West led by the United States and the East led by Russia. The end result of
that clash of civilization is the emergence of a unipolar world dominated by
democracy as the political ideology and the triumph of capitalism as the bible
of economics. With communism out in the cold, the world awaited with bated
breath the dawn of universal peace and order. But when peace appeared to
be within mankinds grasp, 9/11 shattered to smithereens its illusion. 9/11
gave birth to new realities on ground with grave repercussions on the human
rights situation in the world, especially the most vulnerable sector, the poor
who are many, the many yet the most impotent.

On the universal level, 9/11 altered the face of international law. As the
worst victim of terrorism, the United States led the fight to excise and exorcise
terrorism from the face of the earth. It pursued a strategy characterized by a
bruising aggressiveness that raised the eyebrows of legal observers. The
leader country of democracy did not wait for the United Nations to act but
immediately sought to search and destroy terrorists withersoever they may be
found. In less polite parlance, the search and destroy strategy gave little
respect to the sovereignty of states and violated their traditional borders. The
strategy which is keyed on military stealth and might had trampling effects on
the basic liberties of suspected terrorists for laws are silent when the guns of
war do the talking. The war on terrorism has inevitable spilled over effects on
human rights all over the world, especially in countries suspected as being
used as havens of terrorists. One visible result of the scramble to end
terrorism is to take legal shortcuts and legal shortcuts always shrink the scope
of human rights.

These shortcuts have scarred the landscape of rights in the Philippines. In

March 2006, Amnesty International issued a public statement expressing
grave concern over reports of an ongoing pattern of political killings of
members of legal leftist organizations in various provinces in the countr y. It
also stated that in the wider context of continuing nationwide counter
insurgency operations against the New Peoples Army (denounced as
terrorists) periodic human rights violations, including arbitrary detentions,
extrajudicial executions and torture, continue to be reported. Aside from them,
community activists, church workers, lawyers, journalists and others perceived
as sympathetic to the communist movement suffered violation of their human
rights. Not to be outdone, the NPAs are also reported to have lawlessly
retaliated against their opponents.

The escalation of extra judicial killings in the Philippines has attracted the
harsh eye of advocates of human rights. The UN Commission on Rights has
sent Prof. Alston to look at the Philippine human rights situation. Some
members of the International Parliamentary Union are in town for the same
purpose. Their initial findings are not complementing to our Constitutional
commitment to protect human rights.

As young graduates, you may be asking yourself the relevance of these

ongoing violations of human rights to your life, especially as you embark on
your journey to improve the economic aspects of your life. I submit that the
fight against terrorism and the battle to preserve human rights have high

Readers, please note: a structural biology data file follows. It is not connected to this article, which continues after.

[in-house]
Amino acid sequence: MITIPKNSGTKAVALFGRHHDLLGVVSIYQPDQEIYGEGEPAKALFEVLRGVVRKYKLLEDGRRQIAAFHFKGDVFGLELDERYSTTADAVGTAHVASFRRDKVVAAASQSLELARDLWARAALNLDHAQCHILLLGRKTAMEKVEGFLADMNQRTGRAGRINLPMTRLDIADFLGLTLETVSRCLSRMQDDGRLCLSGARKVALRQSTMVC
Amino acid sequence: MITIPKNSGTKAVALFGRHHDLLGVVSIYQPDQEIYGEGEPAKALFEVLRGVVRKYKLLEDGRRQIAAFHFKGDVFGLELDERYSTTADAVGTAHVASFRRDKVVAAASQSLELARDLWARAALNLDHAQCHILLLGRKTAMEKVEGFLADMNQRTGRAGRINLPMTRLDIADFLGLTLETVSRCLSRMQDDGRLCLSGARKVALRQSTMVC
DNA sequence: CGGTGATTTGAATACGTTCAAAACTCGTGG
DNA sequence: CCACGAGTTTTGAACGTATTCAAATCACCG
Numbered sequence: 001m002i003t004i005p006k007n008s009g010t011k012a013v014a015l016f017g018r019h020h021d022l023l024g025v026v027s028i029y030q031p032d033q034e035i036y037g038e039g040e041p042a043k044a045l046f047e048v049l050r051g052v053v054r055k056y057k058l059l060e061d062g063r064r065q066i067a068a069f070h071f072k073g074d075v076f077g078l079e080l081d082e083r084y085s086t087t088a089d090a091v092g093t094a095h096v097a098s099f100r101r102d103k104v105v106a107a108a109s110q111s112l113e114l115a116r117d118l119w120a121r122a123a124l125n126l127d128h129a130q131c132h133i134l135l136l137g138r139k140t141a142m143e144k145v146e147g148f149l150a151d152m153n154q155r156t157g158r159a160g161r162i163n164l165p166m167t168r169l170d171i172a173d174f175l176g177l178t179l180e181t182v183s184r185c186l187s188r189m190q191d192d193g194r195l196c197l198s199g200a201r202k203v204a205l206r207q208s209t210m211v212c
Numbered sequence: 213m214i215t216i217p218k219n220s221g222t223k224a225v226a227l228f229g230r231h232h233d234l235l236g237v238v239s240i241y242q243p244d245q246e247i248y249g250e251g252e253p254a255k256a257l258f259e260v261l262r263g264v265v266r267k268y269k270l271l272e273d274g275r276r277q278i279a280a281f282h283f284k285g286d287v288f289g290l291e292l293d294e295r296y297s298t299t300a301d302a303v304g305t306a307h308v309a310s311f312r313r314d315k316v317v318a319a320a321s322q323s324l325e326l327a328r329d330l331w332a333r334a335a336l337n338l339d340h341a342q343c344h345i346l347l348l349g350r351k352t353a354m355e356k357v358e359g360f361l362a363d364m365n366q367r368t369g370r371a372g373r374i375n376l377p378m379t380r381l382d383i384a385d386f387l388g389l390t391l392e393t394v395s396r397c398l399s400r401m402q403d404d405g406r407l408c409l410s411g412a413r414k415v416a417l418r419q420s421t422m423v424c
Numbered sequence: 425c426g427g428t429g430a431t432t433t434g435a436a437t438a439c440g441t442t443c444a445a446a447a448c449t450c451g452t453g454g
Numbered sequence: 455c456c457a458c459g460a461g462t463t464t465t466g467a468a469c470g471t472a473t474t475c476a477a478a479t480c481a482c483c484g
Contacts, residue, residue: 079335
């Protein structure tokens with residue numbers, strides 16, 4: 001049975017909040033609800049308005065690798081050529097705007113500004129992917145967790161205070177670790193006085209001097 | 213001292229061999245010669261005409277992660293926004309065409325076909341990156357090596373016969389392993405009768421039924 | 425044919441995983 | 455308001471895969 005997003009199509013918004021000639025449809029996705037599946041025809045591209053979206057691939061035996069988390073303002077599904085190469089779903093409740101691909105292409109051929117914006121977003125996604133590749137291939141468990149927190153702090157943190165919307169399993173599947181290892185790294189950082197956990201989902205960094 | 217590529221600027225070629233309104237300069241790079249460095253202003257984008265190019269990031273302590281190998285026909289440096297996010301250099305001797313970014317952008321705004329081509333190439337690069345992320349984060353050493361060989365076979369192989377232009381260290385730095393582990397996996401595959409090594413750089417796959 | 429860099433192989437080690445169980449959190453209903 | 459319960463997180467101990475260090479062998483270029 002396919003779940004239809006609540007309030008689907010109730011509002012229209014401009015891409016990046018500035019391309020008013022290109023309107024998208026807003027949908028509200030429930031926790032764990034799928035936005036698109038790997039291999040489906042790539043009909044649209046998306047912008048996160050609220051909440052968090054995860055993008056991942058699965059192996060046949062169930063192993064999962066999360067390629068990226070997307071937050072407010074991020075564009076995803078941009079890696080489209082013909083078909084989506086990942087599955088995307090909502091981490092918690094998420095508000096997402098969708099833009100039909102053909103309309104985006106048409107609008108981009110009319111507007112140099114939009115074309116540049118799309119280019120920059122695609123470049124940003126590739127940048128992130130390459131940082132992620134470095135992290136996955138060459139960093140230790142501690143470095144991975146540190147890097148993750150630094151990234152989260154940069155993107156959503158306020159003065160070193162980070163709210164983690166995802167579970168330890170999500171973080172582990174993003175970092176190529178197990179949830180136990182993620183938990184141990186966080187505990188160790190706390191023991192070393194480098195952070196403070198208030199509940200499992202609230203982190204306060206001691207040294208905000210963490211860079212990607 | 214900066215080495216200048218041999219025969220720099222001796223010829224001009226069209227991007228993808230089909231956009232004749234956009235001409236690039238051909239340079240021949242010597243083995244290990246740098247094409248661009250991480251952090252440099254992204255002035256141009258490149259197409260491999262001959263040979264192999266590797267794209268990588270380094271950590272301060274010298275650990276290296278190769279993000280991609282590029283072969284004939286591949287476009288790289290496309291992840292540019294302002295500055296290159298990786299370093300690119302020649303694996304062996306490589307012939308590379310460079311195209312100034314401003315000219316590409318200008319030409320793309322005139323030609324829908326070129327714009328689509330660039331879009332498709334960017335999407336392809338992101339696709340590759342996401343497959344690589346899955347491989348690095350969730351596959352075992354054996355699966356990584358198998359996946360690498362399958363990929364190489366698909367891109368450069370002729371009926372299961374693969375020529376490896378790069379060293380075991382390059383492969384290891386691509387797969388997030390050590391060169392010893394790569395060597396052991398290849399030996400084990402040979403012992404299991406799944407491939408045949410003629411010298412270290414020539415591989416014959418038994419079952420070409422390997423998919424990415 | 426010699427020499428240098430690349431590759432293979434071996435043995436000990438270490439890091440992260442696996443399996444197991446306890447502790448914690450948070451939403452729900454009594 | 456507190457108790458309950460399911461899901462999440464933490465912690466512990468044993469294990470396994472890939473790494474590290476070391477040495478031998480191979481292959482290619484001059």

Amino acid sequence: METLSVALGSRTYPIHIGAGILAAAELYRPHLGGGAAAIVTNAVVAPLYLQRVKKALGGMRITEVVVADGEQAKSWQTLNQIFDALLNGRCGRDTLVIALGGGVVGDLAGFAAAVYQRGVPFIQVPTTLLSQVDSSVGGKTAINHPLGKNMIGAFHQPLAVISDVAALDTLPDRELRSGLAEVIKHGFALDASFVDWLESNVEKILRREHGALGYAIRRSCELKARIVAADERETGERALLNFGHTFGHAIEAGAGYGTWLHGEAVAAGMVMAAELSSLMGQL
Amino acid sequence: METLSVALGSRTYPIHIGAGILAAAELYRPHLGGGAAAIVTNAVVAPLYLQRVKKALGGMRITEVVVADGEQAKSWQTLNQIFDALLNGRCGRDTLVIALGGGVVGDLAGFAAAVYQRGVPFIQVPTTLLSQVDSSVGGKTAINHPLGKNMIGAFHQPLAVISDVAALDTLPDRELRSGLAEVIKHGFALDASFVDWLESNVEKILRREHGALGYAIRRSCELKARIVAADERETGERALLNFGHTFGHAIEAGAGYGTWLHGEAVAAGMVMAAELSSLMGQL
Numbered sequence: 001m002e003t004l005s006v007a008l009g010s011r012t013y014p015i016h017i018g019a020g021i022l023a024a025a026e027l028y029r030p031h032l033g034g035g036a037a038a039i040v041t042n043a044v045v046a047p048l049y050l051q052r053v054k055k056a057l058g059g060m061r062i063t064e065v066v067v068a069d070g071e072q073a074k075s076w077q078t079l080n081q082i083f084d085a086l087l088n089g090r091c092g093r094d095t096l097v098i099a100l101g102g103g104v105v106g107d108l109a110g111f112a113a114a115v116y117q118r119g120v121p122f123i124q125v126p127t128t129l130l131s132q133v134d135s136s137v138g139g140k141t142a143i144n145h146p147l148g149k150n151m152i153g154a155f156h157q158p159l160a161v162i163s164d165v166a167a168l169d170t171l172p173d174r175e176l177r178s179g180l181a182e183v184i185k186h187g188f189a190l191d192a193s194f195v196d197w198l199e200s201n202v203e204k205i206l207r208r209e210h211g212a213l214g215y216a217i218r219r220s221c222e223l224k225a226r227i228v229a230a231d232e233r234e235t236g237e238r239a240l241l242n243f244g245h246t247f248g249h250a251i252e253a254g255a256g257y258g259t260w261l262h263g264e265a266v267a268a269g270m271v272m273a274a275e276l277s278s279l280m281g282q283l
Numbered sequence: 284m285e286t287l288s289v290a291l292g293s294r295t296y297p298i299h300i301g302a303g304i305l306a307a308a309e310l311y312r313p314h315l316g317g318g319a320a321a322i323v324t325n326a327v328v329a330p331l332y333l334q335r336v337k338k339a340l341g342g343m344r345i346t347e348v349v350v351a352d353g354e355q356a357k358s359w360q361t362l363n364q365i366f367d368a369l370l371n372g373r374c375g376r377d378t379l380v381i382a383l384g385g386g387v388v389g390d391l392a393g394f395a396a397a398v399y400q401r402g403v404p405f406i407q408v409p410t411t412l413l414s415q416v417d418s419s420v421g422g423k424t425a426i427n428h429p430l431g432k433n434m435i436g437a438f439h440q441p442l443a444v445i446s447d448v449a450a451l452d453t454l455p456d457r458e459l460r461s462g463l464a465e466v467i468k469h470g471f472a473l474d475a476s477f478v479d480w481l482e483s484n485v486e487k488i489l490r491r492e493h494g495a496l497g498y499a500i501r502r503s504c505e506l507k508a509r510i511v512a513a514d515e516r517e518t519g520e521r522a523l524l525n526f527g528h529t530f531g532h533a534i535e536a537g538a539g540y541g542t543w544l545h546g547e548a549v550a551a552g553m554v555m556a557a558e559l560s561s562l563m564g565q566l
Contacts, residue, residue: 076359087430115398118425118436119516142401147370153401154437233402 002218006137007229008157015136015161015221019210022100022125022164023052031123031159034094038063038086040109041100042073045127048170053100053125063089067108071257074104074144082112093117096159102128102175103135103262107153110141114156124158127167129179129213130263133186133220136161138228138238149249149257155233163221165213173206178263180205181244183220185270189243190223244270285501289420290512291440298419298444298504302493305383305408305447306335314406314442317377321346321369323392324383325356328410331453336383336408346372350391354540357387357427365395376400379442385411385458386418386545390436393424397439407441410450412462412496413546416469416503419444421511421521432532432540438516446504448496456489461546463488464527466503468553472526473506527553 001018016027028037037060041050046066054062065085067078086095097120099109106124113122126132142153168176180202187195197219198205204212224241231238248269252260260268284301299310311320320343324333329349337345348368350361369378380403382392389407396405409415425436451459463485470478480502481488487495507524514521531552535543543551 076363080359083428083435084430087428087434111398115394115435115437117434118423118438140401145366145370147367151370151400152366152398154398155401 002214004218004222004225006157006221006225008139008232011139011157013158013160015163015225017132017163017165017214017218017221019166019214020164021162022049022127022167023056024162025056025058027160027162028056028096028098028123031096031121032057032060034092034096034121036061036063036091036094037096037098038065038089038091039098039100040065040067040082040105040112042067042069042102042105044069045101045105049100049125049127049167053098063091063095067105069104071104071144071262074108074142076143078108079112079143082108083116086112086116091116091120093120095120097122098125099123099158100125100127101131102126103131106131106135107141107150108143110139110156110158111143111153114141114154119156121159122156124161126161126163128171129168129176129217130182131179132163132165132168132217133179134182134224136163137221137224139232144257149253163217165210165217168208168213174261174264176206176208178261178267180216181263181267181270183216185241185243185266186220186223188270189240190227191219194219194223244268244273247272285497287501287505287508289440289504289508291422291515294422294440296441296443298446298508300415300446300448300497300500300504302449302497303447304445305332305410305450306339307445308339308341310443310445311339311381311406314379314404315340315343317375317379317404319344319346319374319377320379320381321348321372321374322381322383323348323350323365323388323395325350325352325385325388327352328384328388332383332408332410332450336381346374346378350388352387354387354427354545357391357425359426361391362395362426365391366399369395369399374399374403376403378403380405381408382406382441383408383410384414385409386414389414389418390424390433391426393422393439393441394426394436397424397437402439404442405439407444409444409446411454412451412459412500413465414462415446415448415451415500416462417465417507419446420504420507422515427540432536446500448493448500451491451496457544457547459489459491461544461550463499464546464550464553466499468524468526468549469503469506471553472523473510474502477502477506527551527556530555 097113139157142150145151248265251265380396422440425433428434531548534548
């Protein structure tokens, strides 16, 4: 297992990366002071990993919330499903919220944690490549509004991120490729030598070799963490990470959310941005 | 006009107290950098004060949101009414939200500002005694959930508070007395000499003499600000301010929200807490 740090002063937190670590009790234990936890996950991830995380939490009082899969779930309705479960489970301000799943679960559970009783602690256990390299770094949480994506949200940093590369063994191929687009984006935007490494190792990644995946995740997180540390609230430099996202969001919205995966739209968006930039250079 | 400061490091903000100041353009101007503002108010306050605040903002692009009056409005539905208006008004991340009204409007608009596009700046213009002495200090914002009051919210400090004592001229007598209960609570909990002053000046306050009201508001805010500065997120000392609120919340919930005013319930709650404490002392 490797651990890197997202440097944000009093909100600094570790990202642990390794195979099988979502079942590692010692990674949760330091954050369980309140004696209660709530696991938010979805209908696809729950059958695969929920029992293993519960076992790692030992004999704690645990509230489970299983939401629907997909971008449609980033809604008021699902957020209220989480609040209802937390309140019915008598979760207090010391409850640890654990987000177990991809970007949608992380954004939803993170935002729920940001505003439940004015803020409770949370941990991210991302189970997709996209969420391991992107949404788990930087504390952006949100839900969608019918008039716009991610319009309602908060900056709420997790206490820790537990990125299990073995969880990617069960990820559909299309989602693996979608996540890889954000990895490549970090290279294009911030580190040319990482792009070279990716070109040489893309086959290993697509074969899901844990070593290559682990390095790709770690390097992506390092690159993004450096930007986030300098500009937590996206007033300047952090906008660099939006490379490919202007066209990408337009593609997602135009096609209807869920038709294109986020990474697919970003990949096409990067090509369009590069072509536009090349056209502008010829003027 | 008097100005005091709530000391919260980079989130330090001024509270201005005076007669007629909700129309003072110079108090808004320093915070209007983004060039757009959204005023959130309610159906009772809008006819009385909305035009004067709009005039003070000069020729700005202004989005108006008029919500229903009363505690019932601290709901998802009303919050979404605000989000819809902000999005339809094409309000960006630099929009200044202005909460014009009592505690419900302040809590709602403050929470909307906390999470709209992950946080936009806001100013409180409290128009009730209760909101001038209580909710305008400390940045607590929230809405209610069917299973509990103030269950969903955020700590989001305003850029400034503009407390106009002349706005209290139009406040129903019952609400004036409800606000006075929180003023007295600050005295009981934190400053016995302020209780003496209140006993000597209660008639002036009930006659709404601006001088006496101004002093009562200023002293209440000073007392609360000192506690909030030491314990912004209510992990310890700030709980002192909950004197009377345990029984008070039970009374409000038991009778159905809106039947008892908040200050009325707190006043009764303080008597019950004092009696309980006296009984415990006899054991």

impact on the right of young people to live with dignity. One of its illeffects is
the massive displacement of young people in areas where the fight against
terrorism tramples on human rights. These young people are compelled to
migrate to seek greener pastures in hostile environments and, worse where
they find their human rights subjected to new abuses with near impunity.
Figures show that this problem of displacement will get worse in the coming
years because of the galloping growth of the youth population. The United
Nations predict that some 138 countries will have growing youth bulge; its
calamitous consequence is that youth unemployment will skyrocket to record
levels with the highest rate in the Middle East and North Africa. The UN
findings further reveal that at least 60 million people aged 1520 will not be
able to find work and twice as many, about 130M, cannot lift their families out
of poverty. It will not take a prophet to predict that countries that cannot give
decent life to their young people will serve as incubators of extremism that
may end up in terrorism.

And this leads me to the proposition that we need to give a broader,

innovative view on our efforts to protect the human rights of our people which
should consider our distinct social, economic and political context. Defying the
cult of conformity and comfort, I submit that this view should consider the
following facts and factors:
One. Terrorism is just one means of violating our human rights, especially
our right to life itself, and should not consume our entire attention. Often,
terrorism attracts universal attention because of its cinematic impact the
shocking violence, the bravado of the villains, the heroism of the victims
rescuers, the sickening loss of lives and property and the dominance of the
animal in man. Terrorism is terrible enough but the mindless, knee jerk
reaction to extirpate the evil is more discomforting. The quickie solution is to
unfurl the flag, sing the national anthem and issue the high pitched call to
arms for the military and the police to use their weapons of destruction under
the theme victory at all cost. To put constitutional cosmetics to the military
police muscular efforts, lawmakers usually enact laws using security of the
state to justify the diminution of human rights by allowing arrests without